Today’s Solutions: July 01, 2022

The fear of being criticized is paralyzing. It can stop you from sharing your honest opinions with loved ones, prevent you from expressing grand ideas you might have at work, and ultimately, keep you from advancing further in life.

Being afraid of criticism boils down to a fear of conflict. People will try to avoid conflict at all costs, but what must be realized is that new ideas and progress can arise from conflict. Just look at Steve Jobs. Had he been afraid of criticism, he would have never expressed his gutsy technologically advanced ideas, and we wouldn’t have all the innovations that Apple has brought us. If you have a tendency to keep quiet out of the fear of criticism, here’s how to deal with that fear.

The first thing you must do is focus on what you believe in and what you did right. Be careful not to take to heart criticism or let it define you. If valid, it’s a learning opportunity. If it isn’t, then it’s a reminder that your ideas hit a nerve and can potentially be polarizing or maybe an opportunity to re-evaluate your approach or message. Stay focused on what’s most important: your views and beliefs.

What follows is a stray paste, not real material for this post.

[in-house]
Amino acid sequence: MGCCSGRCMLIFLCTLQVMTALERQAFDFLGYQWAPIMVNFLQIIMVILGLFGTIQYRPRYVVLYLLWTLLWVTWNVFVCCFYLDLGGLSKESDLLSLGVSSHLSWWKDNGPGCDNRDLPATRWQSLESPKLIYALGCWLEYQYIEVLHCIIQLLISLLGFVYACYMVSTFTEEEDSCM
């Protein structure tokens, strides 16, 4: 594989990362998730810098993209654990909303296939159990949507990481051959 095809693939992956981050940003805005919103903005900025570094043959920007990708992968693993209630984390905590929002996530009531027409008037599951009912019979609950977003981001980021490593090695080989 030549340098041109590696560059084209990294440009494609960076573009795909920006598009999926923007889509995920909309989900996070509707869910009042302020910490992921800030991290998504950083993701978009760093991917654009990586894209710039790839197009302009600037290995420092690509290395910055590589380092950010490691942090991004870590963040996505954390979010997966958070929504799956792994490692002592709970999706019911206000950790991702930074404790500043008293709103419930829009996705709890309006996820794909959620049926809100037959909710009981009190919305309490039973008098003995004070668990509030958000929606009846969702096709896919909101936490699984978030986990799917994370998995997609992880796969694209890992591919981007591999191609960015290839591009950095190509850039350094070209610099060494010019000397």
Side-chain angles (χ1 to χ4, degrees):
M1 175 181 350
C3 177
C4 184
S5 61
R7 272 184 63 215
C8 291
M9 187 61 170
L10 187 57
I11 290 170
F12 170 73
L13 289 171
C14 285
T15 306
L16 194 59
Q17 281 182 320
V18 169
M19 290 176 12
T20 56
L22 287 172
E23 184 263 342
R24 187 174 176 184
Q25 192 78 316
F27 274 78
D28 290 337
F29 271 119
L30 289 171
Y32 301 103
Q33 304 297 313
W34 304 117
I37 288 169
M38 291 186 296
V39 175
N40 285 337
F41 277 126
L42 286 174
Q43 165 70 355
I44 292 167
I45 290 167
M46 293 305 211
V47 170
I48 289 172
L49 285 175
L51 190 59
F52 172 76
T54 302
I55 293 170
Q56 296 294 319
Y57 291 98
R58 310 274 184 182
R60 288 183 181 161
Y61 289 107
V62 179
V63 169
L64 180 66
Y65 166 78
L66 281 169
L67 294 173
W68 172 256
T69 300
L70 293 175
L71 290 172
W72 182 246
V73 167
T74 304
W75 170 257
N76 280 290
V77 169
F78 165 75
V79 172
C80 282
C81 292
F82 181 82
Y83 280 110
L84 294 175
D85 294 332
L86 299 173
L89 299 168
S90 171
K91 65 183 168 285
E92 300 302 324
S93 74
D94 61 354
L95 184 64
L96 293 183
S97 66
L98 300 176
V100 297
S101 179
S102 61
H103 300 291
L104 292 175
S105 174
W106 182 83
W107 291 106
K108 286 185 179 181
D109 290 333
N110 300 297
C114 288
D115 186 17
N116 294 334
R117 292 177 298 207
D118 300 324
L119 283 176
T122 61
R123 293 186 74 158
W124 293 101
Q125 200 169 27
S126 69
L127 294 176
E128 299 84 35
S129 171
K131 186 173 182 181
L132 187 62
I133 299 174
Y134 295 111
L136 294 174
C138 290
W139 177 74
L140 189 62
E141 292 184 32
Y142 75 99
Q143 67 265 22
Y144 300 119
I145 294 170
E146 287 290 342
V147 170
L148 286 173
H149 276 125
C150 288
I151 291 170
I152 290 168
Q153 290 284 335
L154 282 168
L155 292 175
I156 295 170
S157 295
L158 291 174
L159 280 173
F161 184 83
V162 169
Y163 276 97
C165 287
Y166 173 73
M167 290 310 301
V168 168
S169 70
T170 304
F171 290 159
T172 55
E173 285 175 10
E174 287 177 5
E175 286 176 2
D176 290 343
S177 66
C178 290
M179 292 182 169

Next, speak your mind. Don’t be deterred by opposing views or criticism. Doing so is avoidance, and that will make you weaker, not stronger. If you want to overcome criticism, you must also accept the notion that there will be some people who love you and others who don’t. It’s hard to please everyone.

After accepting this notion, work on changing your self-talk. Instead of thinking, “I can’t deal with this” or “Maybe they are right about me”, think, “I am strong and can roll with the punches” or “Others don’t define me, I define me”.

Another good tip when dealing with criticism is to wait before responding. Your initial response to criticism might be emotionally-laden and likely will not help you to handle the situation in a healthy way. Pause, take a deep breath and wait. This will help you have a clearer head when responding.

Lastly, move on. After receiving criticism, thank the person for the feedback, tell them you’ll give it more thought, and move forward.

Solutions News Source Print this article